Congratulations to the first three answers, you missed the obvious, easy answer.. Its simple, it requires a calculable amount of horse power/torque to propel a vehicle of a certain weight and air resistance down the road at 50 mph or 60 mph or speed of the factories choosing.. The engine for said vehicle is designed to travel at the speed desired is designed with that requirement in mind.. You go faster it takes more power, more fuel, you go slower you drop below the efficient torque curve of the engine.. More fuel is required going slow because you are operating below the efficient torque curve so you have to give more fuel to make the required power in the inefficient portion of the power/torque curve of the engine...
  8. Mar 15, 2017 #7


    User Avatar
    Science Advisor

    If only the question was better worded and the answer could be so simple.
  9. Mar 15, 2017 #8
    Actually, you just gave an incorrect answer to a question that was not asked. Automobile engines do not achieve peak thermal efficiency at 50 or 60 mph. Do you know what brake specific fuel consumption is? The amount of work done per unit of fuel energy administered to the engine peaks at high loads. Generally 80-90% load. The reason cars don't get better gas mileage at those high loads is because the parasitic losses on the chassis increase exponentially with speed. Your engine might be doing more work per liter of fuel take in, but it has to do a disproportionately larger amount of work to overcome the wind resistance at those higher speeds.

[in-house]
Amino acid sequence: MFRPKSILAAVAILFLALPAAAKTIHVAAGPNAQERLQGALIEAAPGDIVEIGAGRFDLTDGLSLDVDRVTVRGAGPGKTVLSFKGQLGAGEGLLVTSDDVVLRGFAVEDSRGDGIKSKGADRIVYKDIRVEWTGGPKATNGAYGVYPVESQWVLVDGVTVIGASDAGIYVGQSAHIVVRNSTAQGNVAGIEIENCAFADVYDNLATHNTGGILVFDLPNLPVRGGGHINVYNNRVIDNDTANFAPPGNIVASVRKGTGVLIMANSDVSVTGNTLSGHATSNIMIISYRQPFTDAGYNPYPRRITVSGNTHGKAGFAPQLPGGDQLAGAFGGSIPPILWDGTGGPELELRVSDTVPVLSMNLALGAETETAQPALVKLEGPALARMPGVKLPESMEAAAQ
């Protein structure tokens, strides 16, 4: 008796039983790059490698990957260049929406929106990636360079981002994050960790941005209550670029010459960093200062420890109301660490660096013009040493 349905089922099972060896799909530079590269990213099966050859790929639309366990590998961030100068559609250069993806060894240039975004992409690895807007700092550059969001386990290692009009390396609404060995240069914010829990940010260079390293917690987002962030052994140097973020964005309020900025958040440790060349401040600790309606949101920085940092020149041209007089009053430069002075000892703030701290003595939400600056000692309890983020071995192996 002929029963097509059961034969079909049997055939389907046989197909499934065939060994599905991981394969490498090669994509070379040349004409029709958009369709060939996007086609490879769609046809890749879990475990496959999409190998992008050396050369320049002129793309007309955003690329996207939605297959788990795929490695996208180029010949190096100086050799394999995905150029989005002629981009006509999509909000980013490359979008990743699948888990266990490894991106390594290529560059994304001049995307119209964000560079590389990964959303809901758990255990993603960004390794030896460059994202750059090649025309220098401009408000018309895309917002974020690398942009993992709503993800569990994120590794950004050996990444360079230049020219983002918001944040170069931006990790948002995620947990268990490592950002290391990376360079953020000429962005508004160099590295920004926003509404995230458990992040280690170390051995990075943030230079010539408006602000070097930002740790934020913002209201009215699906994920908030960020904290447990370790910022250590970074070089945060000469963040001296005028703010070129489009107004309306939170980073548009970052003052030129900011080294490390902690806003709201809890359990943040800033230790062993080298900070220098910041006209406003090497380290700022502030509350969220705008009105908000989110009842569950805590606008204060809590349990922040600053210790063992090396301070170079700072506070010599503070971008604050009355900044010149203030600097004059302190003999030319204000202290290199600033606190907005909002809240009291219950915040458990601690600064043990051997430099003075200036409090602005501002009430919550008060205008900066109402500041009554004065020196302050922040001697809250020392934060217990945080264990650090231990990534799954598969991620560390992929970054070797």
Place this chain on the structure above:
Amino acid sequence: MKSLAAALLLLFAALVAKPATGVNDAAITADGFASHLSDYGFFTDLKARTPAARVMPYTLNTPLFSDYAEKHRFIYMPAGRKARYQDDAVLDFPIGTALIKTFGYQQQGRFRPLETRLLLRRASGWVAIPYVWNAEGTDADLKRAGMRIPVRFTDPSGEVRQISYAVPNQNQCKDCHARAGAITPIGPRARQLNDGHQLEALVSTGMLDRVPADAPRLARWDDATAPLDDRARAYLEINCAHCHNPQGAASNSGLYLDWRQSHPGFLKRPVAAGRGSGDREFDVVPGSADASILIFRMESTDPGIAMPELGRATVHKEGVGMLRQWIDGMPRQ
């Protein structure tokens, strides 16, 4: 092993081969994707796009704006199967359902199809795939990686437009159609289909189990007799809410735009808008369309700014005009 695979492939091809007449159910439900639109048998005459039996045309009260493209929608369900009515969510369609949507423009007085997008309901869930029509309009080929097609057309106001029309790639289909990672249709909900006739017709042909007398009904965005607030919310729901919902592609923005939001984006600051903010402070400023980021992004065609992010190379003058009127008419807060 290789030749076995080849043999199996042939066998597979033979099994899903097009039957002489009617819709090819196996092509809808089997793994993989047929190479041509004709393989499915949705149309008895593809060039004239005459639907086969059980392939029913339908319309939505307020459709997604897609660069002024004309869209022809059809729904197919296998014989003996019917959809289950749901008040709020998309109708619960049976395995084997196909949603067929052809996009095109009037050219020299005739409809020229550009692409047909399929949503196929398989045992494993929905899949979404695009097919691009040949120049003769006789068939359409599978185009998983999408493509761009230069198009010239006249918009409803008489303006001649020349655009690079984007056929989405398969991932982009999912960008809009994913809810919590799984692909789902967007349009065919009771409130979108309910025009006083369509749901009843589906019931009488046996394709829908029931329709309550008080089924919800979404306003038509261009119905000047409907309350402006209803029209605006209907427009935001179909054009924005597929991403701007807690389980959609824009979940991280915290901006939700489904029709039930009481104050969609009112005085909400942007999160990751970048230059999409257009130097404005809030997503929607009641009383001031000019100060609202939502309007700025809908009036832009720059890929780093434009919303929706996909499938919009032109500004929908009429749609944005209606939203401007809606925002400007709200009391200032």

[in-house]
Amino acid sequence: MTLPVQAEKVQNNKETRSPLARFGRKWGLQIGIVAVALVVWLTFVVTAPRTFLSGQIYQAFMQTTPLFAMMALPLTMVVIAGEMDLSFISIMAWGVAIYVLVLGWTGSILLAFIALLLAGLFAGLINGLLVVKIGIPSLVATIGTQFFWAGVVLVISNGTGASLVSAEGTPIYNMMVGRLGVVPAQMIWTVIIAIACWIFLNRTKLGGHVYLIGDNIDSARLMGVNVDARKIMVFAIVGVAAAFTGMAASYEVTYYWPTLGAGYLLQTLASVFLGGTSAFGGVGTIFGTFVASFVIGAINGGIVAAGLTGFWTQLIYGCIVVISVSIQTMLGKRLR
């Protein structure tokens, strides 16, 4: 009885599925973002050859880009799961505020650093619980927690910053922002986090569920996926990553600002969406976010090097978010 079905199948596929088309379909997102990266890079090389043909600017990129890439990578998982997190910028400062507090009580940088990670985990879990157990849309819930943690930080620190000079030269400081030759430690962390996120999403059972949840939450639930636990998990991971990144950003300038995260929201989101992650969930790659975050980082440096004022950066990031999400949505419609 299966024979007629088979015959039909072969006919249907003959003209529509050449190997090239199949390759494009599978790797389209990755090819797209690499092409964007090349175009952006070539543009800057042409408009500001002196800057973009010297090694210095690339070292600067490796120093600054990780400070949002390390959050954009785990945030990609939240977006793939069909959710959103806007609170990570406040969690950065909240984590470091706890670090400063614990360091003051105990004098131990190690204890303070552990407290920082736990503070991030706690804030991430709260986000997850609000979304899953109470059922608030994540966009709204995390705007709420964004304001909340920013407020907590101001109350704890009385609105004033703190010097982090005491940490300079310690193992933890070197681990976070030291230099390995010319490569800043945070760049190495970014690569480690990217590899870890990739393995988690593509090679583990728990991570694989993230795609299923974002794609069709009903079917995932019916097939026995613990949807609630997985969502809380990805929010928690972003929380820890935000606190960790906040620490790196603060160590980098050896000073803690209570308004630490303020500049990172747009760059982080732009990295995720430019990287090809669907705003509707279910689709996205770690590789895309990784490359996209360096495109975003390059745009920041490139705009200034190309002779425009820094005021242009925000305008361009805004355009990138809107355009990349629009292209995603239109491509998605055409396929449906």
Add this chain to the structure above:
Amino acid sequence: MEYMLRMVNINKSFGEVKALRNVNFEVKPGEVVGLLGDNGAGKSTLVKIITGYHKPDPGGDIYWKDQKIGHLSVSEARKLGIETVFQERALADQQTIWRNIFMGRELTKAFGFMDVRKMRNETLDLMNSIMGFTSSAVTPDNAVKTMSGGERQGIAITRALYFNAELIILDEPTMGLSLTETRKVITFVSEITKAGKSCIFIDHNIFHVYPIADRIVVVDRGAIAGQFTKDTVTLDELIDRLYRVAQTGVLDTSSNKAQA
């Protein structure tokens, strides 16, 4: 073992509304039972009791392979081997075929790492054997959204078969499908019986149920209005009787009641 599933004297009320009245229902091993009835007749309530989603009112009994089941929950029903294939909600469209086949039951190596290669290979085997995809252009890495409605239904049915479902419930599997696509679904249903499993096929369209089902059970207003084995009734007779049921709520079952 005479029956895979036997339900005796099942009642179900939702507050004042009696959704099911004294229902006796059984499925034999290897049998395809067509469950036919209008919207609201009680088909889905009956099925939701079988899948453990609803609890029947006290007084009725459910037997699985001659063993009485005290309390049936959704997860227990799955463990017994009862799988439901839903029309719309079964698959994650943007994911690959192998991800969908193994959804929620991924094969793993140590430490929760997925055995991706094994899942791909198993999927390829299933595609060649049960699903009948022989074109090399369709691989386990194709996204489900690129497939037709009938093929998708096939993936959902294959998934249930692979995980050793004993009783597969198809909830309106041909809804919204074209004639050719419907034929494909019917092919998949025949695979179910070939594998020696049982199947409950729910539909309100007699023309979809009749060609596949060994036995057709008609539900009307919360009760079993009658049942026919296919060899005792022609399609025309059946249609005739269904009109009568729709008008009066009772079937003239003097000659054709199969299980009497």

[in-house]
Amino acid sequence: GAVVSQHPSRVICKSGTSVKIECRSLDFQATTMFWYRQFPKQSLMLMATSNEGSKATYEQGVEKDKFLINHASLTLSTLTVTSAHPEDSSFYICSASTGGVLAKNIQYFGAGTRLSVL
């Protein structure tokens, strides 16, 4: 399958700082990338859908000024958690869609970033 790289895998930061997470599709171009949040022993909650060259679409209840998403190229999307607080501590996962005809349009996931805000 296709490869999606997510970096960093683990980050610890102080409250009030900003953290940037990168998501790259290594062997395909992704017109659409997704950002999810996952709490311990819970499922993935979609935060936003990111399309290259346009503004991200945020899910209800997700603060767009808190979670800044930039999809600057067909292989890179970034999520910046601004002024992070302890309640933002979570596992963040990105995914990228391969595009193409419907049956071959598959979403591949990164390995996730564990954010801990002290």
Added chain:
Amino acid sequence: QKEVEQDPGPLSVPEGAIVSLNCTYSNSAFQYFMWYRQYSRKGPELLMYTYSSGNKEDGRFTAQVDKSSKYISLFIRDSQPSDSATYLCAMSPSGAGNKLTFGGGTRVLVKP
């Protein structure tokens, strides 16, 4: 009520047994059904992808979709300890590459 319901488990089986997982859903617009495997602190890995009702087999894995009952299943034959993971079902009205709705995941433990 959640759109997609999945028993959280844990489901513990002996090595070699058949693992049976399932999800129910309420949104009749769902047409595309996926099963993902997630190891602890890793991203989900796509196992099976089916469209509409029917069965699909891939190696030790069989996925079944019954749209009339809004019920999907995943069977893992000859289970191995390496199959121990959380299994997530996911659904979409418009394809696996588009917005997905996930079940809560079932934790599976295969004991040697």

Engines have high brake-specific fuel consumption at low loads for the reasons I shared in post #4.

    Automobiles, as a system, get good fuel mileage between 50-70 mph because that is the fastest speed they go before the aerodynamics cause too much load on the engine. The engine runs more efficiently in terms of power output per unit of fuel, but the system achieves lower fuel economy because it is doing work that is not considered productive (accelerating air around and in front of it).

    This question, however, was about engines. The efficiency of one component of the system that is the vehicle. Not the overall system that is the vehicle. If engines were designed solely to give the vehicle peak fuel economy at a certain speed, they would be very small engines making around 30hp and cruising at nearly WOT. An understanding of BSFC will help you understand why that is the case.
    Last edited: Mar 15, 2017
  10. Mar 16, 2017 #9


    User Avatar
    Gold Member

    One factor is that there is time at slow speeds for heat to be lost from the charge (or air for a Diesel) as it is compressed, and from the hot gas as it expands.
    For a Diesel we do not usually have a throttle, so do not have pumping losses, which is an advantage at low speeds. There are also losses caused by valve overlap, which will be working in conjunction with an inlet and exhaust tract designed for a fairly high speed. Another is that if using a turbo charger, it is ineffective at light loads, so the engine drops back to being naturally aspirated.